Book Review: The Social Network Business Plan: 18 Strategies That Will Create Great WealthPosted: March 20, 2011
First, the author:
David Silver is a VC who has funded over a dozen social networks like onsite.com, iboats.com and collarfree.com. He also provided the early stage capital for ActMedia, Cognition Technologies, Frontier Telecommunications, Intelepeer, and TIE Communications among many others. He wrote this book based on what he has learned over the years to help others make successful online communities, but really it was probably just to make some more money for himself.
The title is a bit of a misnomer. The book doesn’t give any real business plan or any suggestions for how to go about writing a business plan for a successful social network. That is not the book’s purpose. The purpose of the book is to help readers learn various ways to make money from a start-up social network.
If I can break down all of his suggestions into one sentence, it is this: Make a “recommender” online community. These are the communities where users can comment, rate and like/dislike user posts and content on the site. In a very broad term, a social network like Yelp. These he says are the wave of the future in terms of social networks. He believes that these will redefine how brands source their marketing and how they learn about their customers.
He suggests making communities for things that do not already exist but should. Duh, you may be thinking, but let me explain. His example is rodeos. Rodeos are a huge sport in the US. However, there is no real online community for rodeo fans. He says, on a social network for rodeo fans, members might see upcoming events, buy products, talk about riders/events/rodeo in general or anything else they so please. He even goes so far as to suggest a site, rodeochicks.com as an example (which is currently owned on GoDaddy and is just a squatter site). Here the female riders can have their profile pages and fans can interact directly with them; pages can be sponsored by companies like Ford, Dodge and makers of pick-up trucks since rodeo-goers are their target demographic. It is finding the small niches that will make start-up communities successful. Another example he gives is a social network for high-level high school athletes who want to be recruited by colleges (he suggests that the reader go ahead and make it). The only problem is that I don’t think I’m the only one who has read this book.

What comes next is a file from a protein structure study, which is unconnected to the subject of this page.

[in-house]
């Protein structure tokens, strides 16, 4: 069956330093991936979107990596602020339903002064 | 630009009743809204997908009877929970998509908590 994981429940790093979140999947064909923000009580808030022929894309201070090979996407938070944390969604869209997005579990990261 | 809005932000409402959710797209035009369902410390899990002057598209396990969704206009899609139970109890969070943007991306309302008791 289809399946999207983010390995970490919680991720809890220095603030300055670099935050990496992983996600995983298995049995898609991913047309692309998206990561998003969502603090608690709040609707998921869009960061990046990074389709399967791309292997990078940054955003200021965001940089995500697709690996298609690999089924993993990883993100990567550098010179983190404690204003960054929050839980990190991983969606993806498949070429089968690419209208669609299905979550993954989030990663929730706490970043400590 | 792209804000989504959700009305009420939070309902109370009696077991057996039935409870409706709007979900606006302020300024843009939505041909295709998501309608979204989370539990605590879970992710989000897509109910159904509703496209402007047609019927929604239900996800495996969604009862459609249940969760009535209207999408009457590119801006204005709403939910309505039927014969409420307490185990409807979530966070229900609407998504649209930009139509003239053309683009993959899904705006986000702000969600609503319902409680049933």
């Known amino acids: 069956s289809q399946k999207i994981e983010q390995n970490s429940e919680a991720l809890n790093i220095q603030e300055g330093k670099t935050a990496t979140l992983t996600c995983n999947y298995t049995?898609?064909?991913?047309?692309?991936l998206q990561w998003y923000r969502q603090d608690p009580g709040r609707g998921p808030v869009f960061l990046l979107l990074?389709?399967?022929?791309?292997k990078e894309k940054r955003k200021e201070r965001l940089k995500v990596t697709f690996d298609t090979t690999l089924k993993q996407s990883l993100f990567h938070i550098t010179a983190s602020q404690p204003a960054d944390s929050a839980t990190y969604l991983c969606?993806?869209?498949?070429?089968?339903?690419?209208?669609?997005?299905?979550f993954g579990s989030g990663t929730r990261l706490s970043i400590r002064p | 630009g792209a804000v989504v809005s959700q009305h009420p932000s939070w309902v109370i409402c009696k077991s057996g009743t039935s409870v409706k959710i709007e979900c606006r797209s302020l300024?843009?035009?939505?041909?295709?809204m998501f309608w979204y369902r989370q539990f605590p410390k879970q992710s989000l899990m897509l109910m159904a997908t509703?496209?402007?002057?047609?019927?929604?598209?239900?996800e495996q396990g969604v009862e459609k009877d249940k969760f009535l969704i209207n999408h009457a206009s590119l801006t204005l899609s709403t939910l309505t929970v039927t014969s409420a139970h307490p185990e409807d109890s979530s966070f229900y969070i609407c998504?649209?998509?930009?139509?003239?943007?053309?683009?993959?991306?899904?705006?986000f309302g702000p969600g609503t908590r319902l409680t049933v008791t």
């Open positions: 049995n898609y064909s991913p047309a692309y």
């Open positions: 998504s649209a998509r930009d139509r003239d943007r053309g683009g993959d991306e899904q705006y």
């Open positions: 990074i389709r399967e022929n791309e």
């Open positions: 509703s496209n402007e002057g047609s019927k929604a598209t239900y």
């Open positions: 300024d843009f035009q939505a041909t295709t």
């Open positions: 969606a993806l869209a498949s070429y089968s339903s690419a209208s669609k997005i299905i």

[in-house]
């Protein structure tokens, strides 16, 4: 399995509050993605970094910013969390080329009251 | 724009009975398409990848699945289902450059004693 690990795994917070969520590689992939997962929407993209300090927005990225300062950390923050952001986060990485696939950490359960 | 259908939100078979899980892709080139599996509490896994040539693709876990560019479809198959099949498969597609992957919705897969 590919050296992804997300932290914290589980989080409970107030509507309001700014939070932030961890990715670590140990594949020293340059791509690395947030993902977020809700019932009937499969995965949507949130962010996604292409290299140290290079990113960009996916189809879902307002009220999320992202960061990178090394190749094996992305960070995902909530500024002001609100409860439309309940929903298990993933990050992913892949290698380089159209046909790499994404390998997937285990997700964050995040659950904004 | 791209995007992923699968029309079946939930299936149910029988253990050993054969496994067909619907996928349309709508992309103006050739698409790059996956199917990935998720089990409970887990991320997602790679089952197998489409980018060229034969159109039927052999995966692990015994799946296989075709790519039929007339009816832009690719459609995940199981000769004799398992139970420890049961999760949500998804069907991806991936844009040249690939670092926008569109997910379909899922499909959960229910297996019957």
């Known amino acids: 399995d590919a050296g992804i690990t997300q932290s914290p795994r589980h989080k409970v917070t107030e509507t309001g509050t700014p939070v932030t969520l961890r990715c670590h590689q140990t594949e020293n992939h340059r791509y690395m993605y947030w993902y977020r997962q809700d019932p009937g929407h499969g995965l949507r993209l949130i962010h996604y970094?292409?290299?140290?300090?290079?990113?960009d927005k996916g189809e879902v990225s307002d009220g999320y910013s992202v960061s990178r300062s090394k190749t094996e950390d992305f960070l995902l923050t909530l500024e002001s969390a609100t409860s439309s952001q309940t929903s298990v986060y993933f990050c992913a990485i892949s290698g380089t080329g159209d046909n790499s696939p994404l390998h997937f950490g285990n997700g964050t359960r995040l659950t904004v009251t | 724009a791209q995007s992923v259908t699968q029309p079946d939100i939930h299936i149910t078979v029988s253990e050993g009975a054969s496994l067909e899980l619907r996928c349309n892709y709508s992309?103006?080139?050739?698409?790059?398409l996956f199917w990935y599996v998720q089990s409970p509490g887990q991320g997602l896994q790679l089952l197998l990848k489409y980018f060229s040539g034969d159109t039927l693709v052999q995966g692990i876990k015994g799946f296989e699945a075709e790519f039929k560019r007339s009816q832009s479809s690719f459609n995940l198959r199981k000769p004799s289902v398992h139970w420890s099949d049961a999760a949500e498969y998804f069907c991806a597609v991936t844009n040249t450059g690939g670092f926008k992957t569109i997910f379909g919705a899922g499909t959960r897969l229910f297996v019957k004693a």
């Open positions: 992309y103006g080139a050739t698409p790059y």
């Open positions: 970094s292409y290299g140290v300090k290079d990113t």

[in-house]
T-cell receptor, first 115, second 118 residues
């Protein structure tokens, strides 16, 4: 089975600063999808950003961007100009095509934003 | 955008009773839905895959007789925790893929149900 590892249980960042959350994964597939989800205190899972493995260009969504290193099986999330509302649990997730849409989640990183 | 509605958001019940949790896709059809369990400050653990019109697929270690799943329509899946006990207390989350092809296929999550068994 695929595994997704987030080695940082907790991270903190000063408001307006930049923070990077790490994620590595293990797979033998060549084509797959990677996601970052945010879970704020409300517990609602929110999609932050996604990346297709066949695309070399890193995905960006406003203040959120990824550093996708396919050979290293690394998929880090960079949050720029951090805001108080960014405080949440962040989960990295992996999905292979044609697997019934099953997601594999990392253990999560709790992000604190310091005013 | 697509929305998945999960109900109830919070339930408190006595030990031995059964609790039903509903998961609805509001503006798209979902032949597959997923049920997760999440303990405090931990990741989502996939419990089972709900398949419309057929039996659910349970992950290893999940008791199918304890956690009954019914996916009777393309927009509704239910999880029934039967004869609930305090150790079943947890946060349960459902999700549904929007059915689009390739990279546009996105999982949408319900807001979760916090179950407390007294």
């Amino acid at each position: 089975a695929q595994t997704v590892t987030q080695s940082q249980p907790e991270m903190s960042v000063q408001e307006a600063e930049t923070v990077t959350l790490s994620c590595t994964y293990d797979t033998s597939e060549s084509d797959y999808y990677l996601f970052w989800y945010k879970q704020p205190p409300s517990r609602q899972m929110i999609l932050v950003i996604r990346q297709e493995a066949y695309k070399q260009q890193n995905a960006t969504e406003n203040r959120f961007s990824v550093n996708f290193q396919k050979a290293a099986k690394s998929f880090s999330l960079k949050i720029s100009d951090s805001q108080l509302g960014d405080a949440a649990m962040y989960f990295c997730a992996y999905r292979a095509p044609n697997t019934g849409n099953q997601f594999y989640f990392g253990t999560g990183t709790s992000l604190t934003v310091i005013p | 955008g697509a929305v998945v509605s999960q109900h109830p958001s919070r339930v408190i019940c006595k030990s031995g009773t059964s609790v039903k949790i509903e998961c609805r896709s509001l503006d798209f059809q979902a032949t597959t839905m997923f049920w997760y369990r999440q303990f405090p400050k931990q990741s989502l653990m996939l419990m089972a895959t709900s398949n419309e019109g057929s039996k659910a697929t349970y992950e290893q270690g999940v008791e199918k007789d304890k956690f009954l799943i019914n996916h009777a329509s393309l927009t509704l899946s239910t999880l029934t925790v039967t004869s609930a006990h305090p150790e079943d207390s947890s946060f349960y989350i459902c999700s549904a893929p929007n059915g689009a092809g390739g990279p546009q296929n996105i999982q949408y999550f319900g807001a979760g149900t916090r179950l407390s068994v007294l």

The aforementioned example is not a “recommender” community. An example of a recommender community that he gives is one of discussing which credit cards you use/enjoy/have/give the best benefits. People can complain freely, interact, comment, like, etc. on cards, posts and topics. To monetize, this information can be reformatted and sold back to the credit card companies as field research. He talks about having a “tip jar” where users give money to the website (if so inclined) for the helpfulness of the site. Essentially…you guessed it… a tip jar. He talks about ideas of company credit cards, giveaways, user recognition and other ways to build user loyalty.
My only gripe is that this book is a very “in a perfect world, this would be the case.” Not every credit card company is willing to pay $10k a quarter for a report from a website. It’s not always as easy as he makes it sound. I mean his concepts make sense, but they don’t necessarily make dollars (shout-out to Ludacris for the pun). And I mean that literally. In theory, yes, a credit card company would love to use that information you have towards learning about their customers. But in actuality, will they really pay for it? I believe that remains to be seen.
It’s worth a read. It will help you think about some things and learn about how recommender communities make money. It will help you think about monetizing sooner rather than later and it will help get you thinking clearly if (hopefully) you have the opportunity to sell your company (like don’t pass on the first opportunity to sell just because it’s the first opportunity to sell).
I give it 3.5 stars out of 5.